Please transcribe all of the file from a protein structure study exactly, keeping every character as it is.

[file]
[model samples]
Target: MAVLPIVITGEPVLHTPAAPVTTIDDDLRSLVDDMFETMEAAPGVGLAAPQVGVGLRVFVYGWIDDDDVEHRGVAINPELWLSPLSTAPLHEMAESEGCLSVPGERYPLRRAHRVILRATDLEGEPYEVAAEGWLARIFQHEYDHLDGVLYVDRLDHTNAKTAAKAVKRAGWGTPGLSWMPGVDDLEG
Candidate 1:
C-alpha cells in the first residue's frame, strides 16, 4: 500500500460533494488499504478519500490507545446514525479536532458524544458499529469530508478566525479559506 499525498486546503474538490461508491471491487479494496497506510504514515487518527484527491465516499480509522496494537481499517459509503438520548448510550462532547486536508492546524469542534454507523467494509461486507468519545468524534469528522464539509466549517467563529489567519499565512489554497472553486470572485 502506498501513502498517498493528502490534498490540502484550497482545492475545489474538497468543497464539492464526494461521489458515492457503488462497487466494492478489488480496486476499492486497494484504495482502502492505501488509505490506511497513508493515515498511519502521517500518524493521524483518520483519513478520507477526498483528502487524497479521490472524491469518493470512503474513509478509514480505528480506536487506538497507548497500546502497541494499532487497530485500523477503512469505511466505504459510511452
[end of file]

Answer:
[model samples]
Target: MAVLPIVITGEPVLHTPAAPVTTIDDDLRSLVDDMFETMEAAPGVGLAAPQVGVGLRVFVYGWIDDDDVEHRGVAINPELWLSPLSTAPLHEMAESEGCLSVPGERYPLRRAHRVILRATDLEGEPYEVAAEGWLARIFQHEYDHLDGVLYVDRLDHTNAKTAAKAVKRAGWGTPGLSWMPGVDDLEG
Candidate 1:
C-alpha cells in the first residue's frame, strides 16, 4: 500500500460533494488499504478519500490507545446514525479536532458524544458499529469530508478566525479559506 499525498486546503474538490461508491471491487479494496497506510504514515487518527484527491465516499480509522496494537481499517459509503438520548448510550462532547486536508492546524469542534454507523467494509461486507468519545468524534469528522464539509466549517467563529489567519499565512489554497472553486470572485 502506498501513502498517498493528502490534498490540502484550497482545492475545489474538497468543497464539492464526494461521489458515492457503488462497487466494492478489488480496486476499492486497494484504495482502502492505501488509505490506511497513508493515515498511519502521517500518524493521524483518520483519513478520507477526498483528502487524497479521490472524491469518493470512503474513509478509514480505528480506536487506538497507548497500546502497541494499532487497530485500523477503512469505511466505504459510511452